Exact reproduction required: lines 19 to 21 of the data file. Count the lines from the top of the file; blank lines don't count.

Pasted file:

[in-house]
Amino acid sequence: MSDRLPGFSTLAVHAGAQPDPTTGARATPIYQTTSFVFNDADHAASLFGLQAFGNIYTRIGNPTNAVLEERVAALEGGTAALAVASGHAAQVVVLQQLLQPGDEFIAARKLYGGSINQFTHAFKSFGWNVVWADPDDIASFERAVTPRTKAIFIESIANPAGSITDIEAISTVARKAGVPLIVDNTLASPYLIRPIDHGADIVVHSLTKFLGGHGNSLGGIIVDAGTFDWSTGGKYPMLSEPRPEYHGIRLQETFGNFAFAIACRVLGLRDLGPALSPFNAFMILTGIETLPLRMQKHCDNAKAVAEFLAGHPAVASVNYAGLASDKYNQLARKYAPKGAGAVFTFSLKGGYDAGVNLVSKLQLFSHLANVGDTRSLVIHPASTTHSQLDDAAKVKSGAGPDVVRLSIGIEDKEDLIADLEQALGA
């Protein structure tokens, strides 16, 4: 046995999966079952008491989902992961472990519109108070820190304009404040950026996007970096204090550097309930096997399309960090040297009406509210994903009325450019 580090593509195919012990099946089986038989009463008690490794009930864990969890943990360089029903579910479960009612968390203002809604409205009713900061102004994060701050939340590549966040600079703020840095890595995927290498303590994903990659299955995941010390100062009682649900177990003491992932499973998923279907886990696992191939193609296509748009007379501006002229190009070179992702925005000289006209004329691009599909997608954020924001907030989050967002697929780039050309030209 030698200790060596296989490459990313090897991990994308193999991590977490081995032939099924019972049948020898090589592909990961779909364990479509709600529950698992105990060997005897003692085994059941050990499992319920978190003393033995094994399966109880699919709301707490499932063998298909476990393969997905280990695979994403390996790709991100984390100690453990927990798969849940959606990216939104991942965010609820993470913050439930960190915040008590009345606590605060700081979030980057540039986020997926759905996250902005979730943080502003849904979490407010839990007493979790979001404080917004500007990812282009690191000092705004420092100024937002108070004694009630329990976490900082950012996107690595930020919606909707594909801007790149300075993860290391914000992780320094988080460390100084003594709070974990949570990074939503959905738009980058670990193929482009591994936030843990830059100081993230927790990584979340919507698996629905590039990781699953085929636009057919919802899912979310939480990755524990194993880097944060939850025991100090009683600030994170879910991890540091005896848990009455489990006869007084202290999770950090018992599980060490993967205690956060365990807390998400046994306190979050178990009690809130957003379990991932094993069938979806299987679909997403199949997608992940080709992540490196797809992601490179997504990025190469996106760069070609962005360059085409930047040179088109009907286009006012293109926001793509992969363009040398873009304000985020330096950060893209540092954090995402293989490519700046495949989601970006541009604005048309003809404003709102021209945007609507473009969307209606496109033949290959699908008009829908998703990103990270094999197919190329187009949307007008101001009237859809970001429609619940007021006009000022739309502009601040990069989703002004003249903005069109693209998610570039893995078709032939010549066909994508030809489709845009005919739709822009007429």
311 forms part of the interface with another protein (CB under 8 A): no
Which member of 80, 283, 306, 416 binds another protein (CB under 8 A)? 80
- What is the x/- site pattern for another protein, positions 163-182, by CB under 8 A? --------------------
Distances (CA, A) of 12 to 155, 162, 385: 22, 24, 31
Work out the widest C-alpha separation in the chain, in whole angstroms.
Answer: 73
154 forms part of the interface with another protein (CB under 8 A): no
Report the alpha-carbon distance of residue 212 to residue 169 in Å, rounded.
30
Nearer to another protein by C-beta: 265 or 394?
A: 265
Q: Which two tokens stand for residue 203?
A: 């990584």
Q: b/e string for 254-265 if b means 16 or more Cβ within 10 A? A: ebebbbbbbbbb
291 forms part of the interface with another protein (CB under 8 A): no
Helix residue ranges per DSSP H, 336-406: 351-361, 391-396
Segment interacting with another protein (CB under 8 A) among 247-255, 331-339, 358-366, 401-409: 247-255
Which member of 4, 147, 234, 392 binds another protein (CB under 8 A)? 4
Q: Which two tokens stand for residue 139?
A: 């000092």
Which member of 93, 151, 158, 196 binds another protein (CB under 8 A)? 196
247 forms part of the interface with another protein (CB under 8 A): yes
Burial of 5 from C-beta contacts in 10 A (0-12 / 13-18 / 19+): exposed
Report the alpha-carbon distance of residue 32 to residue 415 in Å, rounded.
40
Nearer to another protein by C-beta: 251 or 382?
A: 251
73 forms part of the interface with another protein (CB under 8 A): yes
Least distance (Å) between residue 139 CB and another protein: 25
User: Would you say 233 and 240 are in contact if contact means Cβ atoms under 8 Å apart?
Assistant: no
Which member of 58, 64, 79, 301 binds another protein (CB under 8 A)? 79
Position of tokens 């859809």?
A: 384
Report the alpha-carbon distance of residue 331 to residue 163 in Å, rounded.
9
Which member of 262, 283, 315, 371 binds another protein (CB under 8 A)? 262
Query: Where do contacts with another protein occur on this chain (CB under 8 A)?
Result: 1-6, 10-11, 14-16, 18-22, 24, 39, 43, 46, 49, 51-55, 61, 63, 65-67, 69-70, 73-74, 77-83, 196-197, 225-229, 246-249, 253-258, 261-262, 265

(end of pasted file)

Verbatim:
Helix residue ranges per DSSP H, 336-406: 351-361, 391-396
Segment interacting with another protein (CB under 8 A) among 247-255, 331-339, 358-366, 401-409: 247-255
Which member of 4, 147, 234, 392 binds another protein (CB under 8 A)? 4